During the firing step, handle portions 36 and 38 are squeezed together causing the inboard end of operating link 60 to urge operating member 100 slidably forwardly between members 30 and 32 in the manner shown in FIG. 23. As before, this forward movement of the T-bar will cause pusher member 28 to move inwardly of staple cartridge 26 and into engagement with the staples contained therein.

Referring particularly to FIGS. 18, 22, and 23, it can be seen that the locking means of this latest form of the invention for preventing movement of the modified operating, or T-bar 100, toward its second firing position following the initial firing of the staples is of a substantially different construction than the previously described locking means. More particularly, the locking means here comprises a vertically movable locking pin 106 of the configuration shown in FIGS. 18 and 23. This locking pin is connected to one end 110a of a generally "C" shaped biasing means, or spring 110, which continuously urges downward movement of locking pin 106 toward T-bar 100. When the end 106d of the locking pin is disposed within notch 102 in the manner shown in FIG. 18, the locking pin positively blocks movement of the T-bar 100 forwardly of the apparatus.

As best seen in FIG. 19, the locking means of this latest form of the invention is uniquely disposed between members 30 and 32 and is connected thereto by rivets or other appropriate fasteners 112 in the manner best seen in FIGS. 18 and 22 (see also FIG. 2). Connected to a second end 110b of "C" shaped spring 110 is trigger means here provided as a trigger member 114. Trigger member 114, the purpose of which will presently be described, also comprises a part of the locking means of the invention.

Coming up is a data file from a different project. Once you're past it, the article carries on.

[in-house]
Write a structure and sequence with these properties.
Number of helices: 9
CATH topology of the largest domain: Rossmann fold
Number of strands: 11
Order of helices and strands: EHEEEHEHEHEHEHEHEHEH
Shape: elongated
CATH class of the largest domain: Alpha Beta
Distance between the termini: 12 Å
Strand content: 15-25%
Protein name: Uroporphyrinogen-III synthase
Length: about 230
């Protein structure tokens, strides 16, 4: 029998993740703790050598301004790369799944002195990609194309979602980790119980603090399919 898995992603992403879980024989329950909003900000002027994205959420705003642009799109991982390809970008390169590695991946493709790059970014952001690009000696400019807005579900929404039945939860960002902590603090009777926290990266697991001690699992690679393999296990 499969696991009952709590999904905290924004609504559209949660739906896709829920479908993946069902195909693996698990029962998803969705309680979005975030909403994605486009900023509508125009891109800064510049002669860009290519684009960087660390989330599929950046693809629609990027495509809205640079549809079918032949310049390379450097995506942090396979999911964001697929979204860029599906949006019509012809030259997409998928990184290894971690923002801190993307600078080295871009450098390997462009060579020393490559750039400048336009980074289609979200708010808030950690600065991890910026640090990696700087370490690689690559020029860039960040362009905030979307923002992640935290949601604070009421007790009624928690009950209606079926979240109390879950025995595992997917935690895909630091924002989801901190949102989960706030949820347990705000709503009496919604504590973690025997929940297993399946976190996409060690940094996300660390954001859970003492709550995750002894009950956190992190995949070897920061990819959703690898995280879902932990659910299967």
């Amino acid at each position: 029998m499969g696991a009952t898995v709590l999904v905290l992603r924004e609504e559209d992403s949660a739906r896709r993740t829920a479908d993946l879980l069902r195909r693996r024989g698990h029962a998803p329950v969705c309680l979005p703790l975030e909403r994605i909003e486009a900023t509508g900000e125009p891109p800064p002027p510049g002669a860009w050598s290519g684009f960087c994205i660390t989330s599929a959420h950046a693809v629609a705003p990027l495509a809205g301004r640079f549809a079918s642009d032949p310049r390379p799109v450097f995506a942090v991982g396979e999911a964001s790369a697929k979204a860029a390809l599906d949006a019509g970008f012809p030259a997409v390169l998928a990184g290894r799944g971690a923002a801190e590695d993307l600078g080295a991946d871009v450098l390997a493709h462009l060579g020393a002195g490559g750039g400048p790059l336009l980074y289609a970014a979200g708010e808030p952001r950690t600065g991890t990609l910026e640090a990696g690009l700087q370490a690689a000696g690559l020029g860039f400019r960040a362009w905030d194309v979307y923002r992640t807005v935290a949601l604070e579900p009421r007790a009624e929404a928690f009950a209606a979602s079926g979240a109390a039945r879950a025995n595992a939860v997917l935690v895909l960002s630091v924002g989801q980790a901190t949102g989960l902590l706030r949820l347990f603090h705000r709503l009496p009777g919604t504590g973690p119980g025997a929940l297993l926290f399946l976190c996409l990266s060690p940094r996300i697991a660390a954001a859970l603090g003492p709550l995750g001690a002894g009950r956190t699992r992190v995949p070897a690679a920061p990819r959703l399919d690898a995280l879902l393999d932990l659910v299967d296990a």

Turning particularly to FIGS. 21 and 22, it is to be noted that trigger member 114, is designed to act upon "C" shaped spring 110 in a manner to urge locking pin 106 upwardly in the direction of the arrow 115 of FIG. 22. For this purpose, trigger member 114 is provided with a sloping forward edge 114a which is so positioned and arranged as to engage the forward portion 28a of the pusher member when the pusher member and staple cartridge are in position within the supporting frame in the manner shown in FIGS. 21 and 22. As indicated by the dotted lines of FIG. 22, prior to insertion of the staple cartridge and its companion, pusher member 28, "C" shaped spring 110 biases trigger member 114 forwardly of the apparatus. However, upon insertion of the staple cartridge and pusher member, trigger member 114 will be urged to the left in the direction of the arrow 117 in the manner shown in FIG. 22. This movement of trigger member 117 exerts a force on "C" shaped spring 110 which causes end 110a thereof to move upwardly, taking with it locking pin 106 which is attached to end 110a of the spring. In this regard, it is to be noted that trigger member 114 is provided with a central aperture 114b within which locking pin 106 is received (see also FIG. 23). It is also to be noted that aperture 114b is specially configured so as to include a ramp face 114c which engages a cooperating ramp face 106c provided on locking pin 106. With this construction, as the trigger member 114 is moved to the left, as shown in FIG. 22, cam surface 114c of trigger member 114 will engage cam surface 106c of pin 106, causing pin 106 to move upwardly in the manner indicated in FIG. 22. As locking member 106 moves upwardly, the lower end of the locking pin will clear notch 102 which is provided in T-bar 100 (FIG. 22).